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> The Lost Marques class will feature the most attractive vehicles created by manufacturers that have sadly departed from forecourts.

The London Concours 2021 lately have announced the final class in the upcoming event being the ‘Lost Marques’ class. The class pays tribute to the finest marques of yesteryears. From June 8-10, the rare classics will feature at the lawns of the Honourable Artillery Company HQ as exquisite remembrances of days gone by.  

One of the main highlights on display is the 1923 Packard 426 Boat Tail.

The example is a gorgeously crafted hand-bodied Packard. The current owner of the Packard is a boatbuilder who rescued the example in an almost derelict, fire-damaged state. 

The owner recreated the boat-tail using traditional boat-building techniques. To replicate the original automobile, the owner used the ‘Labourdette’ style and produced the gorgeous design using layers of mahogany veneer. Each veneer is screwed and rivetted to small oak ribs and placed onto a mahogany and oak frame, which is finally completed with layers of traditional yacht varnish.  

Another standout vehicle to going on display is the exquisite 1959 Austin Healey Frogeye Sprite. A rare sight on the roads today, the Austin Healey Frogeye Sprite is a wonderful underpowered diminutive lightweight car.

The Austin-Healey marque started in 1952 after the Earls Court Motor Show. They partnered with the British Motor Corporation to manufacture the Austin Healey 100 which was the predecessor to the Sprite.

The marque only operated for 20 years until 1972. 

interior of 1959 Austin Healey Frogeye Sprite

Along with the Austin-Healey will be a rather unique 1966 Unipower GT.

The GT that will be put on display is the first automobile that was built and sold by Universal Power Drives Ltd in 1966. Only 73 units of a mix of road and race cars were manufactured, of which the example is the first.

1966 Unipower GT

The car is Historic compliant, and as a Factory entry, it has raced in prominent races in the UK and Europe like the Nürburgring 500kms, the 1969 World Championship of Makes, and the Barcelona 12 hours. 

Its current owner came second in class in the 1986 HSCC Historic two-liter Championship and claimed victory at the Brighton Speed Trials, Forrest Lycett Trophy, from 1978-1982 

1966 Unipower GT driving

A total of 440 units of the Bristol 400 were constructed during its two-production series from 1946 to 1949, with only about 130 models remaining today.

The example displayed at the 2021 London Concours, ‘KSK 417”, was manufactured during the middle of the production period as it features some of the Series 2 modifications. These alterations include an opening rear window, a heater, and a boot lid-mounted spare wheel.

Bristol 400

The Bristol 400 was first registered in 1948, and it sets itself apart from the other 400 models as it’s the only one equipped with wind-down door windows. 

It is also notable that the car has a complete and continuous ownership history from new, with 14 differed custodians, including the Bristol Aeroplane Company’s previous test pilot, Cyril Unwin.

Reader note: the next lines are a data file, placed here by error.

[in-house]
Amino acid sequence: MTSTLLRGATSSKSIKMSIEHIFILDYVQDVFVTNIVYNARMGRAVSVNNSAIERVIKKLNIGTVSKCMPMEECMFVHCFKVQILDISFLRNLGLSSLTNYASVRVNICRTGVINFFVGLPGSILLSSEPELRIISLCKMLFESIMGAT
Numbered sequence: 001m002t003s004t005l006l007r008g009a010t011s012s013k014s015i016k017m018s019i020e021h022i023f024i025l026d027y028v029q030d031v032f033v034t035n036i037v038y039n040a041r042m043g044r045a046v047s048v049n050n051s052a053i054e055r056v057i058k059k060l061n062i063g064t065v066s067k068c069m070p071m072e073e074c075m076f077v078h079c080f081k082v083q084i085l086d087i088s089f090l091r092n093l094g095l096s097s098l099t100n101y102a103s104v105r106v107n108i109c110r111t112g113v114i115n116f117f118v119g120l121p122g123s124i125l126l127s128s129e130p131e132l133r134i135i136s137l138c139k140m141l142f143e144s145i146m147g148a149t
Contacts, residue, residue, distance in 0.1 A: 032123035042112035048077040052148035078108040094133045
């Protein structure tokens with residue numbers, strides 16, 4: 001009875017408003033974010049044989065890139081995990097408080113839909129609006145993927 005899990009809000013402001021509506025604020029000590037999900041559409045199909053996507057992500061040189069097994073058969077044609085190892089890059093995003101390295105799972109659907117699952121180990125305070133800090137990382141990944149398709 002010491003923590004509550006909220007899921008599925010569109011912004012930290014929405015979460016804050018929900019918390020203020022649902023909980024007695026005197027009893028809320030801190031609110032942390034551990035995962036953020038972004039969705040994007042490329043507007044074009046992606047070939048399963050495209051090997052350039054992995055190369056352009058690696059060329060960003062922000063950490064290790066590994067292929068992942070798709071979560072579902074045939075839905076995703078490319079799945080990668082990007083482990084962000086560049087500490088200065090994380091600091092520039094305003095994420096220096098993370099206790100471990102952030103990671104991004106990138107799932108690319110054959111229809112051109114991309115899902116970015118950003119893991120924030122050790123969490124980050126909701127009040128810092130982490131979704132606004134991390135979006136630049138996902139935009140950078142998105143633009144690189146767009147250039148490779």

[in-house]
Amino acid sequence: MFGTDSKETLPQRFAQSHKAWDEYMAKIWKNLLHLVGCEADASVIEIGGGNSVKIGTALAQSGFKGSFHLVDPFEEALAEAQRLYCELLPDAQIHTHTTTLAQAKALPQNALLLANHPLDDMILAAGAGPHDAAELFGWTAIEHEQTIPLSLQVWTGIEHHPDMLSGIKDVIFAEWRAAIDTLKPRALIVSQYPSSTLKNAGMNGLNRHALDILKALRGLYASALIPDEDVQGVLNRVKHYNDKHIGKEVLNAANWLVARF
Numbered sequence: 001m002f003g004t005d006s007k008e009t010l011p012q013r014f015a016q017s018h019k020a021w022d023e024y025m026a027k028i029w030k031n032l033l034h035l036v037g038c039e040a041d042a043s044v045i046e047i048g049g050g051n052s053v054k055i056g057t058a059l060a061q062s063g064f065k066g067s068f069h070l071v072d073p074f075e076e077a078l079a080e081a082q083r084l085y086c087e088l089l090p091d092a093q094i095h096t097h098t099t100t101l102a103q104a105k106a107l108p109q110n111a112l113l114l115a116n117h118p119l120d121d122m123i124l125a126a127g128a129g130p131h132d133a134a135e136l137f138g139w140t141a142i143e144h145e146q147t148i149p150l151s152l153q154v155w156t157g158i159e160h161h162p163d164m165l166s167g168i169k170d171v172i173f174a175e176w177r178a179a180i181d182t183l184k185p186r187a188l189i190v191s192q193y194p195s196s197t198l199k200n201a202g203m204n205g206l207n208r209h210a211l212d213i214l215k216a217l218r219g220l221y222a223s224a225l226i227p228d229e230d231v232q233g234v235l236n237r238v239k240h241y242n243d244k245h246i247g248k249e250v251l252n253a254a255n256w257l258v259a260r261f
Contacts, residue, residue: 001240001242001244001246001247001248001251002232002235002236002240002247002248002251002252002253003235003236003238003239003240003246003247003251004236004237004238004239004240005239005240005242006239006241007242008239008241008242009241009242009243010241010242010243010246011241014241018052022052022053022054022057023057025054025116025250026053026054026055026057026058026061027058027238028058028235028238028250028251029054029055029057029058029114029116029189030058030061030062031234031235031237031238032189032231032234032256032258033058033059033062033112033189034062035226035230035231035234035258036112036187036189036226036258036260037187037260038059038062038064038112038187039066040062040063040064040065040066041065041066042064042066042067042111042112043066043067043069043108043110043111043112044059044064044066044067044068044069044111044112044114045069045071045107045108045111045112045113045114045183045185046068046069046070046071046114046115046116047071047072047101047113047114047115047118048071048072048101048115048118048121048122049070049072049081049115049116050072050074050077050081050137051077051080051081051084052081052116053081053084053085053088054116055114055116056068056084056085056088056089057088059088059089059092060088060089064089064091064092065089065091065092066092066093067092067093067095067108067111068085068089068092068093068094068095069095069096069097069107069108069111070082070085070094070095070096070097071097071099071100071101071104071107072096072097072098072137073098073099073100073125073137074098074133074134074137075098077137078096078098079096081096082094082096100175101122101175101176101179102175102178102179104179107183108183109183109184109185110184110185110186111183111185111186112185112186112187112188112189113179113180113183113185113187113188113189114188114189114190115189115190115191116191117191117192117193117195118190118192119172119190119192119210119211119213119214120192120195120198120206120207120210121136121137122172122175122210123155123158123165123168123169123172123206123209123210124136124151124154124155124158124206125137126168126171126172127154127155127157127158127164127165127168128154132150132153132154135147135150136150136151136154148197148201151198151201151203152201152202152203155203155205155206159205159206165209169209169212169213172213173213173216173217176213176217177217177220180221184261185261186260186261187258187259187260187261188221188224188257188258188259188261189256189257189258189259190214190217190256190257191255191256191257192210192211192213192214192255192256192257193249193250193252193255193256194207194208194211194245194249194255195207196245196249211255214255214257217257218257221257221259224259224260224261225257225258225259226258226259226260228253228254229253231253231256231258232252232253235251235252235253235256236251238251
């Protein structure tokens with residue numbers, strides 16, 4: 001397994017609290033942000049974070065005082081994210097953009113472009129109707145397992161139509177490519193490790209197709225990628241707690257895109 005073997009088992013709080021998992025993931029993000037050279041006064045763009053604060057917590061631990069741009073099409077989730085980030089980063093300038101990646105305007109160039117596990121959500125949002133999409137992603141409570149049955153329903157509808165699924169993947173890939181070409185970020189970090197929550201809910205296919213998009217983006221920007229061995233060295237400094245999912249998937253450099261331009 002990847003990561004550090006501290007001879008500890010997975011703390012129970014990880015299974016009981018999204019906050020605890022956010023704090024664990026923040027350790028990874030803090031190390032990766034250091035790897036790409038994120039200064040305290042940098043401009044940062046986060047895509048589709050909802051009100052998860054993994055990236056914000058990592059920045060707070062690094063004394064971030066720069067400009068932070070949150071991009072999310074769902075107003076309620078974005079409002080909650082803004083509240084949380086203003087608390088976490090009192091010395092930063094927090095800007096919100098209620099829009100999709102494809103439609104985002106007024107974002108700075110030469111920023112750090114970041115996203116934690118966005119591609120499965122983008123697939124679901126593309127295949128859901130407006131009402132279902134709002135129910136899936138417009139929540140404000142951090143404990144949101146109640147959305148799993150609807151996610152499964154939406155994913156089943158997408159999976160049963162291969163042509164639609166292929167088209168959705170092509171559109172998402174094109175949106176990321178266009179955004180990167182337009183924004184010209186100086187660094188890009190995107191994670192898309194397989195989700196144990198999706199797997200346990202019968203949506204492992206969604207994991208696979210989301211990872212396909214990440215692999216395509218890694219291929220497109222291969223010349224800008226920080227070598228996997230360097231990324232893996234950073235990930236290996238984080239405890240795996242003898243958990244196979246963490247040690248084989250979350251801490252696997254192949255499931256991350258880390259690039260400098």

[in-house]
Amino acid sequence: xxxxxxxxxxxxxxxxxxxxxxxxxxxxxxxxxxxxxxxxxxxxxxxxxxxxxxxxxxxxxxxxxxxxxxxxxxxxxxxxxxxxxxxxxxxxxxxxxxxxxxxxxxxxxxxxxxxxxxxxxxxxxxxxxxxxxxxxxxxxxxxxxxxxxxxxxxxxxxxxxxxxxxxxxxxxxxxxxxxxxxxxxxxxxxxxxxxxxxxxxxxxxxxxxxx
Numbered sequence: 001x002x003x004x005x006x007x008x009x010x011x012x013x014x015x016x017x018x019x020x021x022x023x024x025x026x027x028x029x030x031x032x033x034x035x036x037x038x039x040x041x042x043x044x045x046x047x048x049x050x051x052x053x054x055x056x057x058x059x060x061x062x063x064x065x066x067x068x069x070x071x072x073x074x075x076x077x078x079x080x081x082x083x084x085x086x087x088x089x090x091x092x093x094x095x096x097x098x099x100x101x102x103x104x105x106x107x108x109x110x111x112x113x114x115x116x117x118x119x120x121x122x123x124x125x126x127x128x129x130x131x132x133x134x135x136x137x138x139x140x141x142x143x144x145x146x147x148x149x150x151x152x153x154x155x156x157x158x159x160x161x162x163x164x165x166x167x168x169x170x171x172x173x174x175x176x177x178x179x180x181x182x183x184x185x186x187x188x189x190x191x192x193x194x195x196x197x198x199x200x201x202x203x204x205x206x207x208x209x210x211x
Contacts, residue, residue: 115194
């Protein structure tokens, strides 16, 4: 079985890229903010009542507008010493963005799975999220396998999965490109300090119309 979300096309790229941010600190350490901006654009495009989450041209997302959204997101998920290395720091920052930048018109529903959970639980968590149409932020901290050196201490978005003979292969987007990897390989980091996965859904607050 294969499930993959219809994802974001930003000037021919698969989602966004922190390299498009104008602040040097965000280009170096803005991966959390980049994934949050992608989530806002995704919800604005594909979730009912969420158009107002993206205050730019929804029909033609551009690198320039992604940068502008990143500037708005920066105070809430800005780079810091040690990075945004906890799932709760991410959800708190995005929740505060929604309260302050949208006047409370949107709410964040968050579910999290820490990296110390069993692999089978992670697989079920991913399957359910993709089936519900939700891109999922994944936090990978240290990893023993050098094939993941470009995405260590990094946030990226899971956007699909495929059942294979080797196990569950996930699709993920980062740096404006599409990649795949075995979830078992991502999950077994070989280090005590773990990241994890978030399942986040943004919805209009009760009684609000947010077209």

front of Bristol 400

Each of these unique automobiles will form part of the great Lost Marques line-up that will bring to mind the bygone era of motoring.

The Lost Marques class is one of the eleven classes and features that will be part of the 2021 London Concours scheduled for June 8-10 at the Honourable Artillery Company HQ. 

“At London Concours we always like

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By: Sports Car Digest
Title: ‘Lost Marques’ to be Celebrated at 2021 London Concours
Sourced From: sportscardigest.com/lost-marques-2021-london-concours/
Published Date: Sat, 05 Jun 2021 09:22:59 +0000

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Motor

Here comes trouble: A Triumph TR6 with a Matchless frame

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custom triumph tr6 matchless frame 625x417 1

Kids are impressionable, especially when motorcycles are involved. That magical combination of sound, smell and danger has a way of imprinting itself on young minds. But Kyle Harvey didn’t just dream of bikes as a child—he practically grew up with them.

Kyle’s trade is tool and die making, but his passion is building bikes. His father, Garth Harvey, got Kyle and his brother into bikes at a young age; as soon as they could start their old man’s vintage motorcycles, they were riding them. Living in Edenvale in South Africa’s Gauteng province, the boys also had direct access to the local Classic Motorcycle Club.

 

The folks at the CMC made quite an impression on young Kyle—and taught him everything he knows about vintage bikes. After helping numerous friends work on their bikes, he went on to open his own shop, named simply ‘The Workshop.’ Kyle has been building and restoring classic motorcycles for over a decade now.

This cheeky bobber is his latest build, and it’s immensely fascinating. The engine’s from a Triumph TR6 Trophy, the frame is from a Matchless, and the quirky handmade details on it are endless.